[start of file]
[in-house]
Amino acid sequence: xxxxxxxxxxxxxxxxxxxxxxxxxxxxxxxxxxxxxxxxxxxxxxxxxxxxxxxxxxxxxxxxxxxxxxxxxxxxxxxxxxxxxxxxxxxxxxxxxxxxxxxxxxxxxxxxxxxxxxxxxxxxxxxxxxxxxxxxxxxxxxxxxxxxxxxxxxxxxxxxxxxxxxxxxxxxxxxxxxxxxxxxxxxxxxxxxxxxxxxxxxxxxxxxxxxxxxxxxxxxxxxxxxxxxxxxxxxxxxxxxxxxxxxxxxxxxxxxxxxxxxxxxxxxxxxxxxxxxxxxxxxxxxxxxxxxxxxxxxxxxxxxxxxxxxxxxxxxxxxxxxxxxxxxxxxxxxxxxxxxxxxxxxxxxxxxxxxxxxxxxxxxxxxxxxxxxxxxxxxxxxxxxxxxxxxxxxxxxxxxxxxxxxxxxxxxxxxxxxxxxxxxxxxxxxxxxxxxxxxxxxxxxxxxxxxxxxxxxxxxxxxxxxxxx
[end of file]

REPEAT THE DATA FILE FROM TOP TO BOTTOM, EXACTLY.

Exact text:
[in-house]
Amino acid sequence: xxxxxxxxxxxxxxxxxxxxxxxxxxxxxxxxxxxxxxxxxxxxxxxxxxxxxxxxxxxxxxxxxxxxxxxxxxxxxxxxxxxxxxxxxxxxxxxxxxxxxxxxxxxxxxxxxxxxxxxxxxxxxxxxxxxxxxxxxxxxxxxxxxxxxxxxxxxxxxxxxxxxxxxxxxxxxxxxxxxxxxxxxxxxxxxxxxxxxxxxxxxxxxxxxxxxxxxxxxxxxxxxxxxxxxxxxxxxxxxxxxxxxxxxxxxxxxxxxxxxxxxxxxxxxxxxxxxxxxxxxxxxxxxxxxxxxxxxxxxxxxxxxxxxxxxxxxxxxxxxxxxxxxxxxxxxxxxxxxxxxxxxxxxxxxxxxxxxxxxxxxxxxxxxxxxxxxxxxxxxxxxxxxxxxxxxxxxxxxxxxxxxxxxxxxxxxxxxxxxxxxxxxxxxxxxxxxxxxxxxxxxxxxxxxxxxxxxxxxxxxxxxxxxxx